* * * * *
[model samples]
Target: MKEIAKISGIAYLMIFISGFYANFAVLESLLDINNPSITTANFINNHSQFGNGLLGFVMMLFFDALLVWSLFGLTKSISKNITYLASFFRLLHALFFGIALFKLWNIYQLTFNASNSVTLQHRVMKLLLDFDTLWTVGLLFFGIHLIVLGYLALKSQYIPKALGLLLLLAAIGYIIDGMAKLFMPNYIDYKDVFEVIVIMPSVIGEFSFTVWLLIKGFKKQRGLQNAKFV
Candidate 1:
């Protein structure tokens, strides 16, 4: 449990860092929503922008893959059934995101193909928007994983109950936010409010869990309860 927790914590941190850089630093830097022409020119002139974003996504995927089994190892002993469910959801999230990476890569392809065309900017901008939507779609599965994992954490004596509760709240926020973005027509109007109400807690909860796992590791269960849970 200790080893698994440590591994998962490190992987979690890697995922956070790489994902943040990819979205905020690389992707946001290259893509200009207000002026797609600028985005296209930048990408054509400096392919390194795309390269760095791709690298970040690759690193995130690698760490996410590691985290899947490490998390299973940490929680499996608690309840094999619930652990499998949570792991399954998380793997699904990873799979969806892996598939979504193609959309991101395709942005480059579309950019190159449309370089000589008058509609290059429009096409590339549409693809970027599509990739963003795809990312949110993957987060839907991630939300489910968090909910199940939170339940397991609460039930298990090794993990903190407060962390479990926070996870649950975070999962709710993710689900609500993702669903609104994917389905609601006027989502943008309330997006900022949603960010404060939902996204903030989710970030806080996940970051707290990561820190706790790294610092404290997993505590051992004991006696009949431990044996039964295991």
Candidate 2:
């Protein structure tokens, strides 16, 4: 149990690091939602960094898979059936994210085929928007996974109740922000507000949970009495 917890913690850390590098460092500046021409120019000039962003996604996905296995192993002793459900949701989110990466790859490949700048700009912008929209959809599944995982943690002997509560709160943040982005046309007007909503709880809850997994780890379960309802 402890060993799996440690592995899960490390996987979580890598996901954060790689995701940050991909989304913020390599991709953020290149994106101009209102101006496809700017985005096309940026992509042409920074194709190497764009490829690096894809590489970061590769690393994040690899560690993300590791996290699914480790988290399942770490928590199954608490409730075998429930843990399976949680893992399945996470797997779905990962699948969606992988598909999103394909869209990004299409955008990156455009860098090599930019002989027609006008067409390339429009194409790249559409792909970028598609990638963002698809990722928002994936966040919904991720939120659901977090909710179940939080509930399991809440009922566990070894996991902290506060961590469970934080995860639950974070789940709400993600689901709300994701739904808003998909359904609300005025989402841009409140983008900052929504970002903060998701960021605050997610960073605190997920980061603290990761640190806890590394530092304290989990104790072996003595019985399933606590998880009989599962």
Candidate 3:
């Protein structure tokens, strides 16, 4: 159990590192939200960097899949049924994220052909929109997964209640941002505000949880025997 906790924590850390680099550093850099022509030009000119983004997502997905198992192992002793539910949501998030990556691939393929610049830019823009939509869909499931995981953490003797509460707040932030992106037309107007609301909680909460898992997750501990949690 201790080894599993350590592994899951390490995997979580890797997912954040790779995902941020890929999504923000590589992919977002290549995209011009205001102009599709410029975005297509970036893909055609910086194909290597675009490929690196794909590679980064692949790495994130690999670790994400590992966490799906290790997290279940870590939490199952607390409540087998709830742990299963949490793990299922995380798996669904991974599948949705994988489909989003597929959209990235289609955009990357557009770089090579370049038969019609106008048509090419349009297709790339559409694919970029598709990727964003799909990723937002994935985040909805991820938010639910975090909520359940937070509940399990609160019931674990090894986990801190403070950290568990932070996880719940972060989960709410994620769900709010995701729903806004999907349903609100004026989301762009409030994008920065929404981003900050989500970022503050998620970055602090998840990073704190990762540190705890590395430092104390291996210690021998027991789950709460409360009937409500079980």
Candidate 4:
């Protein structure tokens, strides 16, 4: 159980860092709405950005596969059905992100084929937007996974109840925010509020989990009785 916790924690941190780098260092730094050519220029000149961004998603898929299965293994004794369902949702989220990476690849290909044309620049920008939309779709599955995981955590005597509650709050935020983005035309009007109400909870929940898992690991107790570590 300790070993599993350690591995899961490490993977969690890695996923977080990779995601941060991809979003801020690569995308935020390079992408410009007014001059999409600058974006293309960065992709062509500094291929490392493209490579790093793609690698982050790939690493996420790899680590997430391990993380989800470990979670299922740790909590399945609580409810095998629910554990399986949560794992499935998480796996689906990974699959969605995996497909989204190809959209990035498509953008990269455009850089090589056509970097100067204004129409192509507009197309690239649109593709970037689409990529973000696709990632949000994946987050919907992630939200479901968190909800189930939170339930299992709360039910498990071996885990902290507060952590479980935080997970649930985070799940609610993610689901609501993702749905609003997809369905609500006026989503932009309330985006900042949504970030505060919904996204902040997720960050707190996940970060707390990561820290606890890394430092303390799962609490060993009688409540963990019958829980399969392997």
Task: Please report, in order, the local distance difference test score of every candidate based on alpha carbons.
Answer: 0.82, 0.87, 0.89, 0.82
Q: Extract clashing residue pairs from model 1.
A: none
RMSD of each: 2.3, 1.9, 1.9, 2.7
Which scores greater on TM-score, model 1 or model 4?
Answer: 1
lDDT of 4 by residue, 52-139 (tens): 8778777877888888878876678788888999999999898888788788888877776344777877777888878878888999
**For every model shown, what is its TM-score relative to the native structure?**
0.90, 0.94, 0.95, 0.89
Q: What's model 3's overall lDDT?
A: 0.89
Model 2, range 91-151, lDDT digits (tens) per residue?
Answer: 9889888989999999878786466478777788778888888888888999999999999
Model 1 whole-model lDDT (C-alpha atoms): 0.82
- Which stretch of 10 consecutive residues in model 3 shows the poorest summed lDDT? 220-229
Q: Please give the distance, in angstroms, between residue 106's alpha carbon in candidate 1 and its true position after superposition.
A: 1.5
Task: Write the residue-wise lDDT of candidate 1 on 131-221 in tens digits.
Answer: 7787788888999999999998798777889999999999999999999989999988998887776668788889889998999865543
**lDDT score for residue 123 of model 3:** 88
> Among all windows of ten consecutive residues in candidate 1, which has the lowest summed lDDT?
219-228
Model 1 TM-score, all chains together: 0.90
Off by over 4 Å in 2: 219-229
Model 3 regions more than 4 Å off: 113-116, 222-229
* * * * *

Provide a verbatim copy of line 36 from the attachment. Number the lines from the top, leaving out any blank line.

Model 3 regions more than 4 Å off: 113-116, 222-229